Monday, September 30, 2013

Planter's Punch!

The first known print reference to Planter's Punch is in the August 8, 1908 edition of the New York Times:
This recipe I give to thee,  
Dear brother in the heat. 
Take two of sour (lime let it be) 
To one and a half of sweet, 
Of Old Jamaica pour three strong, 
And add four parts of weak. 
Then mix and drink. 
I do no wrong 
I know whereof I speak.
At Three Dots and a Dash, Paul McGee riffs on Dick Moano's 1950 version of the punch: Puerto Rican Rum, Haitian Rum, Jamaican Rum, Lime, Grapefruit, Grenadine, Angostura Bitters. 

Monday, September 9, 2013


Photo by Paul Octavious!
One of our favorite surprises after opening was just how many people found our mugs and decor Instagram-worthy. But, we also noticed a problem: while the bar’s darkness lends itself to great ambience, it isn’t so great for mobile phone photography! Enter Anjali Pinto, our resident photographer. She says doesn’t always need the big, professional photo set-up — and insists that you don’t, either! We asked her for some pro-tips on taking great photos in the low light of Three Dots and a Dash:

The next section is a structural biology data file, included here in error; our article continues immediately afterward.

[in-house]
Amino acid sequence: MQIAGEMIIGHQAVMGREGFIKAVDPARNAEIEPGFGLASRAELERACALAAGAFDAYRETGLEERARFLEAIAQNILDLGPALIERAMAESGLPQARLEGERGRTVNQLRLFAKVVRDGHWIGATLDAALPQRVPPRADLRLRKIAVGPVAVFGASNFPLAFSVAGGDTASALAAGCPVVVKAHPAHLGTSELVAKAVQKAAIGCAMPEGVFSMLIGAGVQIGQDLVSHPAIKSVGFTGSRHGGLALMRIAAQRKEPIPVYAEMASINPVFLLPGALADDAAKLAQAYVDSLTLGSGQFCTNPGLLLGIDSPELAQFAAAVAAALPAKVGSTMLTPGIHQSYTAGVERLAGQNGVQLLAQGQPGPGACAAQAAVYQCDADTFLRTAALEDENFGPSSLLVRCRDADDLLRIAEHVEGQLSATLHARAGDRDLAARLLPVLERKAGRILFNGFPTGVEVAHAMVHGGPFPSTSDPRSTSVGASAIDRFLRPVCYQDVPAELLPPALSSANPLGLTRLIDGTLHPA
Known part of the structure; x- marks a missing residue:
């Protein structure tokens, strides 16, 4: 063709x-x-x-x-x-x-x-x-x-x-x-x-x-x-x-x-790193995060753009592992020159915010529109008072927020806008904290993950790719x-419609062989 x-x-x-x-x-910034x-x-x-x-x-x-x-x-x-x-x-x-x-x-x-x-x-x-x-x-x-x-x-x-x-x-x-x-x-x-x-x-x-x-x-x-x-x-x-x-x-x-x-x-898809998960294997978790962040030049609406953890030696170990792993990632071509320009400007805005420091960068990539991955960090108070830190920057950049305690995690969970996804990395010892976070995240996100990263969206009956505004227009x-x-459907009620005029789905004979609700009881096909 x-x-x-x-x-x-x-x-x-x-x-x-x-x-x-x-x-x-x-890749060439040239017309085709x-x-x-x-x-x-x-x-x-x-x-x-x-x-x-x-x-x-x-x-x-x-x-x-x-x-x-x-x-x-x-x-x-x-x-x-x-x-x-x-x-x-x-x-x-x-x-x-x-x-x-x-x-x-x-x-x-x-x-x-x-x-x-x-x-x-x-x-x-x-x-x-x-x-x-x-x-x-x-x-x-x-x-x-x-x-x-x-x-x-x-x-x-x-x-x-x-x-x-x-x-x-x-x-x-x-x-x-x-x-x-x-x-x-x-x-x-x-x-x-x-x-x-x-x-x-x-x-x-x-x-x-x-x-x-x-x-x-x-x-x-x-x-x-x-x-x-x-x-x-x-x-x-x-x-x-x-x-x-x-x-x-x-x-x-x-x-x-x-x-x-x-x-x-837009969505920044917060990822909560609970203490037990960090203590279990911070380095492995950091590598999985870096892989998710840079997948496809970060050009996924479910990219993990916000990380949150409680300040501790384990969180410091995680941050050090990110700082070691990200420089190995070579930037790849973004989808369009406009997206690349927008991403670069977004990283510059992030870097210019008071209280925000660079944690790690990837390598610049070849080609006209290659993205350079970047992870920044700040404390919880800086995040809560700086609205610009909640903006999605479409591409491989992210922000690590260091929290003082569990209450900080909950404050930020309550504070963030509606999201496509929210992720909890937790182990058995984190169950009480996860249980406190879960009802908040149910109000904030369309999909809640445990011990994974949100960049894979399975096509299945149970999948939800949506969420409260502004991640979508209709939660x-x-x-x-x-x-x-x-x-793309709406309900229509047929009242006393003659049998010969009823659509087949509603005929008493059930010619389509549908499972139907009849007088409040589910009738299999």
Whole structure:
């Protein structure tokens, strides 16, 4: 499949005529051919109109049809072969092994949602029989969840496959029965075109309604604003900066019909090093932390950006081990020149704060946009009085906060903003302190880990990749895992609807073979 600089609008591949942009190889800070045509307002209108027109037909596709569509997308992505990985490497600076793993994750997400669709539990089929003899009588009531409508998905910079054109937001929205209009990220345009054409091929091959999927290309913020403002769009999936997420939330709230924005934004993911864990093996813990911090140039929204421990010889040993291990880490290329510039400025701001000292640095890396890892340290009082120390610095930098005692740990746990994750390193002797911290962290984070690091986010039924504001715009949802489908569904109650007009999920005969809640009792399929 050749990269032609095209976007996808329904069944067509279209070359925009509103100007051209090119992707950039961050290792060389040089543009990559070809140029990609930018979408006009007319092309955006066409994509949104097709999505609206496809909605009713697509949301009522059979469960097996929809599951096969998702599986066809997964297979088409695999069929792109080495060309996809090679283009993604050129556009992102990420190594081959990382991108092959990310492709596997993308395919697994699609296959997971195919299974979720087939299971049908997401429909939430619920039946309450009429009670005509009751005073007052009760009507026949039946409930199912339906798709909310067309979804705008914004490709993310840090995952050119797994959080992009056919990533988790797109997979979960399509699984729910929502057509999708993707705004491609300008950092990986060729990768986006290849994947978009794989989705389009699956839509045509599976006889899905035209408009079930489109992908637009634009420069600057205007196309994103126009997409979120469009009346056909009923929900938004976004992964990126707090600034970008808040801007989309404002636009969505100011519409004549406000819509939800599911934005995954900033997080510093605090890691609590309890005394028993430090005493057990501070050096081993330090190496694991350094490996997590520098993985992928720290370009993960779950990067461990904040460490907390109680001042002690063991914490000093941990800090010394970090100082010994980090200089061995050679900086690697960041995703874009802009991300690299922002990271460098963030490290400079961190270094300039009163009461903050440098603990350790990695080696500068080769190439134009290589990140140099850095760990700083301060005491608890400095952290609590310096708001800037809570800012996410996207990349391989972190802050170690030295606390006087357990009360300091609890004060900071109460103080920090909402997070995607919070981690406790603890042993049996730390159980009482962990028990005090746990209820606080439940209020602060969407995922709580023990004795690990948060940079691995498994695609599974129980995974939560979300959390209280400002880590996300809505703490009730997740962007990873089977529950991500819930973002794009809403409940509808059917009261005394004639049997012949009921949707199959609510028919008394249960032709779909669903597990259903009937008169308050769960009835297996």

Photographing in a dark bar is a challenge, especially if you’ve already guzzled down a Zombie Punch and you want to Instagram your next drink of choice. Here’s a few tips and tricks to live by the next time you want to make a stand-out memory from a blurry evening.  
LIGHT THE WAY.There are multiple sources of interesting light already available to you in Three Dots and a Dash. Notice those adorable sandscape candles in the center of your table or the track lighting on the main wood wall that illuminates from below?  Position your cocktail near one of these sources of available light to create a photo that matches the atmosphere. 
CONTROL EXPOSURE.Download an app that lets you choose an exposure point. Camera + and VSCOcam both allow you to separate focal and exposure points on your iPhone when taking a picture. With this detail, you can click on the darkest part of your image and the iPhone will compensate by brightening up the overall picture.  
PHONE A FRIEND.On-camera flash is less than ideal for making a beautiful picture. When your flash is directed from the same angle as your lens, objects in photos tend to look one-dimensional. But, an indirect source of light can make all the difference. Have a friend sit next to you and use the flashlight feature on their phone to light your picture.  If you want a dramatic back-lit photo of your skull glass, have a friend’s phone pumped up to full brightness and rest its illuminated screen on the back of the glass.